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Frequently Asked Questions
How do I determine which chapter/colony is best for me?
The best way to decide if a chapter/colony is a good "fit" is to meet current members and ask questions. What are your interests? Where do you want to grow? What opportunities exist for you? Fraternity & Sorority info sessions and recruitment events are perfect opportunities to learn more information about each fraternity and sorority.
What are the financial obligations?
Costs to be a part of a sorority or fraternity differ greatly from group to group. Traditional fees include new member fees, initiation fees as well as semester dues. Please consult each chapter/colony in which you are interested to obtain membership costs.
Do Greek chapters provide housing?
Housing is currently unavailable for fraternity and sorority chapters/colonies at CSUSM.
Is there hazing?
California State University San Marcos expects that all members of recognized student organizations will observe and fully comply with the State of California Educational and Penal Code requirements on hazing. All students are expected to adhere to regulations set forth by their respective regional/inter/national organization, the State of California, and the University concerning hazing. California State University San Marcos prohibits hazing by any recognized student organization. In order to foster positive relations within the CSUSM Greek community, all new members sign a no-hazing agreement upon joining a fraternity or sorority. If you have any additional questions or concerns, please contact Nicki Croly, Coordinator of Fraternity & Sorority Life (760-750-4952), or the University Hazing Education Team (UHET)
How much time will I have to put into it?
Like most activities in college, you get out of it what you put into it. On average, members contribute about 3-4 hours per week to weekly meetings, projects and events.
Parents & Families
How can I support my student as they consider Fraternity & Sorority Life?
Joining a fraternity or sorority is a making a lifelong commitment. We hope that parents/family members can act as a support network to encourage your student to take the time to find out more about the community. Asking questions will help them to think critically in deciding if Fraternity & Sorority Life is right for them and if so, which group. Provide them with more thoughtful questions, such as what values are fundemental to their fraternal experience? But also the practical questions, like how much will it cost?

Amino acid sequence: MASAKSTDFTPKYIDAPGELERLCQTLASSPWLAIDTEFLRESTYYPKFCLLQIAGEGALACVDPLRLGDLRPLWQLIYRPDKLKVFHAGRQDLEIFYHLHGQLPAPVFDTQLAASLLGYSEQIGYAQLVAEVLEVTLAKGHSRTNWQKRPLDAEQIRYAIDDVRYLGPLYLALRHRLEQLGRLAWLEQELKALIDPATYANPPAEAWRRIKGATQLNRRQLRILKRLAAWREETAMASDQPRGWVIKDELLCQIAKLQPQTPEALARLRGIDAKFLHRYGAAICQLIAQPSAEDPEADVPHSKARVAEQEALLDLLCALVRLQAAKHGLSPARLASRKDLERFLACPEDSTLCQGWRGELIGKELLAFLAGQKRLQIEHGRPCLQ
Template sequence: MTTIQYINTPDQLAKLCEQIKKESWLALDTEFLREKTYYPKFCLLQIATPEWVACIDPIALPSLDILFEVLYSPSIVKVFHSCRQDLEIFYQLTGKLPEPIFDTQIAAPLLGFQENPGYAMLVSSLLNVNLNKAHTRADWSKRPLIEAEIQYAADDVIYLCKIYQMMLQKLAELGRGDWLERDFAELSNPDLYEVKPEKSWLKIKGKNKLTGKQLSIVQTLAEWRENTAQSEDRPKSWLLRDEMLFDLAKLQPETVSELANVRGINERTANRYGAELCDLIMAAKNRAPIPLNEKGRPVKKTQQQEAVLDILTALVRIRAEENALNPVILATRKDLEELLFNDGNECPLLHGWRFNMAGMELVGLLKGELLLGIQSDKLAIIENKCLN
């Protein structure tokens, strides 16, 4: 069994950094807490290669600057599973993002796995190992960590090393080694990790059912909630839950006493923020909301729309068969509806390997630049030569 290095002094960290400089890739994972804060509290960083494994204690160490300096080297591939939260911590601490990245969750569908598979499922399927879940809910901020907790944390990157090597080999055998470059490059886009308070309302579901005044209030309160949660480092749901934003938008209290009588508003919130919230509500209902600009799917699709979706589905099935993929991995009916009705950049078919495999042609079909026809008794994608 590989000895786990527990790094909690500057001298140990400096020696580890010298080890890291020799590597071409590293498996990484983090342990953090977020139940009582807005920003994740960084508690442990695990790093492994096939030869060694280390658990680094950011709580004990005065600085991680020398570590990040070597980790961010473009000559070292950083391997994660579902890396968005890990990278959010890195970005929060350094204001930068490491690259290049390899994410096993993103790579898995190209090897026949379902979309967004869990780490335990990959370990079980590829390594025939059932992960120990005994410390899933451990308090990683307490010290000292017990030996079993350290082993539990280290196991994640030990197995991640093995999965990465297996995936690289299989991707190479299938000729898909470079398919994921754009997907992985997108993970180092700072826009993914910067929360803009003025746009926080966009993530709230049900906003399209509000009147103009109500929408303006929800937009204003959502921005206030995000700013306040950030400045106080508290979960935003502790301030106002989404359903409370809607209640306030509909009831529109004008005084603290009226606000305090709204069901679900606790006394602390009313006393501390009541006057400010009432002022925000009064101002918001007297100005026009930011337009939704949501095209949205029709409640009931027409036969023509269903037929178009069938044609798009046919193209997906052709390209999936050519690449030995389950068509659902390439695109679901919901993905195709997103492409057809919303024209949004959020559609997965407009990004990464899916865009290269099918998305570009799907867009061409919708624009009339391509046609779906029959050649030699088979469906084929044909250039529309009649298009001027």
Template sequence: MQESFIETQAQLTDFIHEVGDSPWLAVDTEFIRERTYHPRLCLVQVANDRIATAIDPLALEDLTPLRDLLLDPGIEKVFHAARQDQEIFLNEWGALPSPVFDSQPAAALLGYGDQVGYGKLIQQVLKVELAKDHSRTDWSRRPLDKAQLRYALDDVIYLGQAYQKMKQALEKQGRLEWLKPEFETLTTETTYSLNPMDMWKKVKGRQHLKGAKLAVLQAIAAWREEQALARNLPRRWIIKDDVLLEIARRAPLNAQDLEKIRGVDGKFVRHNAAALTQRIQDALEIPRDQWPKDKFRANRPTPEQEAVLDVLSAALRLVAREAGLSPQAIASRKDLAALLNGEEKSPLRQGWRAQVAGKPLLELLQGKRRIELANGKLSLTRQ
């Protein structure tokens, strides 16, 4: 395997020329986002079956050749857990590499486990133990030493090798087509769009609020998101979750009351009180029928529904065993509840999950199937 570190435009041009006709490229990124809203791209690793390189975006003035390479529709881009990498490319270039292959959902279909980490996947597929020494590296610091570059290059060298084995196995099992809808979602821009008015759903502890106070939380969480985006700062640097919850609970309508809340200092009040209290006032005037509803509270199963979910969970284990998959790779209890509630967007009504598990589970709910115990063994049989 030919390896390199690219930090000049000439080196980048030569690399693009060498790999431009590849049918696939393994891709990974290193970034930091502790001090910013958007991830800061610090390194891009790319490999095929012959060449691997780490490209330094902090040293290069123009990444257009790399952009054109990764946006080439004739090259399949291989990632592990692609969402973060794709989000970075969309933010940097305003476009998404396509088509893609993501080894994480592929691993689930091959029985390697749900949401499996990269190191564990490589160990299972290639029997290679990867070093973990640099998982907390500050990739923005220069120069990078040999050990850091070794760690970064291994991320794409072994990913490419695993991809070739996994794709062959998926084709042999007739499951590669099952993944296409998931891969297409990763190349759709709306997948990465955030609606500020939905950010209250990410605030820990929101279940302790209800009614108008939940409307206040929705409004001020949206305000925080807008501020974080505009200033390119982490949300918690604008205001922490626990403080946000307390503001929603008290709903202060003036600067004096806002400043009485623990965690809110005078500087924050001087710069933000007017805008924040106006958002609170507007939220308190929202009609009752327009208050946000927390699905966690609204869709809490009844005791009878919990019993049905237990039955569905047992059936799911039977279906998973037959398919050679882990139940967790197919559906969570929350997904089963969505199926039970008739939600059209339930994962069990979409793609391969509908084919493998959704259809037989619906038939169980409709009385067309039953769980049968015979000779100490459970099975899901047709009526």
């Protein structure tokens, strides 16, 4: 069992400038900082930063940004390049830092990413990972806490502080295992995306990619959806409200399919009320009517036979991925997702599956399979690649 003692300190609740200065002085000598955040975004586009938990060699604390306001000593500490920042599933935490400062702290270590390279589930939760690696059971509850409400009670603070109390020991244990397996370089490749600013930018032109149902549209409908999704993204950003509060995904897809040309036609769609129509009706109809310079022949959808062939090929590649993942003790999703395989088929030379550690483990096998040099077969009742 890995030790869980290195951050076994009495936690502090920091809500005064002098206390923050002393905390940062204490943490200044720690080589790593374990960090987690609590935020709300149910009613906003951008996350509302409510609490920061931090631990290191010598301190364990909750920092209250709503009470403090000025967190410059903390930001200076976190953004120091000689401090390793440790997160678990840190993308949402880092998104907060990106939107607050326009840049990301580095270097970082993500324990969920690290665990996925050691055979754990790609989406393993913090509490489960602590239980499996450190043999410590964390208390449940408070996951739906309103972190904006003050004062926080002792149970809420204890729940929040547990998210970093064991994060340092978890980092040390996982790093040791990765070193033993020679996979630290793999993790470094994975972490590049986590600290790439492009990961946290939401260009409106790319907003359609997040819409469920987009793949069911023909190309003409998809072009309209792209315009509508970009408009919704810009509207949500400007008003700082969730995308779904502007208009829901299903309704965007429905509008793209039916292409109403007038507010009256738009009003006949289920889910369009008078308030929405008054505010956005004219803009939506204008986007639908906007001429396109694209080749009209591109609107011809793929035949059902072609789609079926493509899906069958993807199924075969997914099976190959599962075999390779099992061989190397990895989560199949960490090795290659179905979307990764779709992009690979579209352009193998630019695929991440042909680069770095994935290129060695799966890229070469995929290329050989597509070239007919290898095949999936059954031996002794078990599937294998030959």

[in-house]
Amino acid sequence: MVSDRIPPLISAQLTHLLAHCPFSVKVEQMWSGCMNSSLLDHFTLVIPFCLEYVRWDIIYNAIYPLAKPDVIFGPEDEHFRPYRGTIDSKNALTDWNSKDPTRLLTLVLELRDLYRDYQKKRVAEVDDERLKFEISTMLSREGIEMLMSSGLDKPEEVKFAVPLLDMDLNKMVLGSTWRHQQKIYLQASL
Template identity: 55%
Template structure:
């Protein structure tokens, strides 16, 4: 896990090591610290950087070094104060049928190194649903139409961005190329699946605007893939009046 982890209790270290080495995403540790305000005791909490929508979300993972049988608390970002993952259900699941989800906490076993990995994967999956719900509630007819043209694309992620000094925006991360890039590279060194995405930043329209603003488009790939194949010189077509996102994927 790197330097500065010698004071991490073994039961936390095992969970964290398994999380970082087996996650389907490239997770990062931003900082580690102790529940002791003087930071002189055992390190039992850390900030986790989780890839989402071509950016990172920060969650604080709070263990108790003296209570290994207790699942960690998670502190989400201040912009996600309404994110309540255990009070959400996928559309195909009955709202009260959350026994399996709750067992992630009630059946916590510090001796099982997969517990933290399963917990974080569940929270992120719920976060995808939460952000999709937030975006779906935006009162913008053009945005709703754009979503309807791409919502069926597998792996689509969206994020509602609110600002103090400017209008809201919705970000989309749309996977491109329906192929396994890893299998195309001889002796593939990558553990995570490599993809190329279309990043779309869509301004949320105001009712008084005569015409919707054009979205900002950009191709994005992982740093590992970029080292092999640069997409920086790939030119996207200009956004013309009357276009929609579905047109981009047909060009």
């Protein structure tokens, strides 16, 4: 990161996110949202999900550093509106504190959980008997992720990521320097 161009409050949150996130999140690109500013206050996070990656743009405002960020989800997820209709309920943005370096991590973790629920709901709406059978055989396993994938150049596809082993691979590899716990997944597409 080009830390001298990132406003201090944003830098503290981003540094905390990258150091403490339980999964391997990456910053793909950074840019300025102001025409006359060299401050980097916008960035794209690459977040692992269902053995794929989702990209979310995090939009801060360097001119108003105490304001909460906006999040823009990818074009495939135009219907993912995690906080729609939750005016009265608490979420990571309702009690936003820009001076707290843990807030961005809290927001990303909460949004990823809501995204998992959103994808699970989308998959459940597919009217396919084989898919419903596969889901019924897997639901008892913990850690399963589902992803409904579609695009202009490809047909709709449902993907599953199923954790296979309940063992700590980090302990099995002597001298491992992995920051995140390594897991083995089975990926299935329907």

Will my student experience the stereotypical fraternity or sorority that I see in the movies or on television?
Just like with all stereotypes that exist, a lot of what you see is a caricature or drastically exaggerated version of the person/people depicted. And, there is a small level of reality. What we hope is that is almost any way possible our Fraternity & Sorority community is breaking these stereotypes and establishing new ones. Our six community-wide pillars are pretty fundamental in them accomplishing this end. Furthermore, we host a new member education in which we cover the core of these stereotypes through education on topics of alcohol/drugs, hazing, sexual assault, diversity/inclusion, and community development. We believe the way we bring students in as new members is vital to how they are set up for success in meeting the expectations of our unique Fraternity & Sorority community.
What do I do if I have a question or concern about the recruitment process, the new member experience, etc?
The chapter/colony President should be able to address any of your questions. Each also has an advisor (non student, alumni) who can help. If they can not assist you or your questions/concerns are of a more personal or serious nature, please do not hesitate to contact Nicki Croly, Coordinator of Fraternity & Sorority Life (760-750-4952). Nicki is the university staff member who works directly with all fraternal organziations, interested students, families, campus partners, etc.
My student is interested in joining an organization not recognized by the University, what should I do?
All student organizations at CSUSM go through a recognition process which includes advisement and education from the campus and CSU. Fraternities and sororities additionally are provided training/education and have policies/procedures from the University and their individual regional/inter/national groups around organizational and risk management. Your student may be recruited by a group not recognized by CSUSM (please refer to the Chapter/Colony Directory). Because there is no affiliation with the University, students who join these groups are not advised on or are required to follow the University's expectations as outlined in the Student Organization or Fraternity/Sorority Handbooks. If you suspect that your student may become or is involved with an unrecognized group, we advise you to talk with your student about University recognition and what that means for them as an individual. Please also refer them to the Community Notice from our Associate Vice President.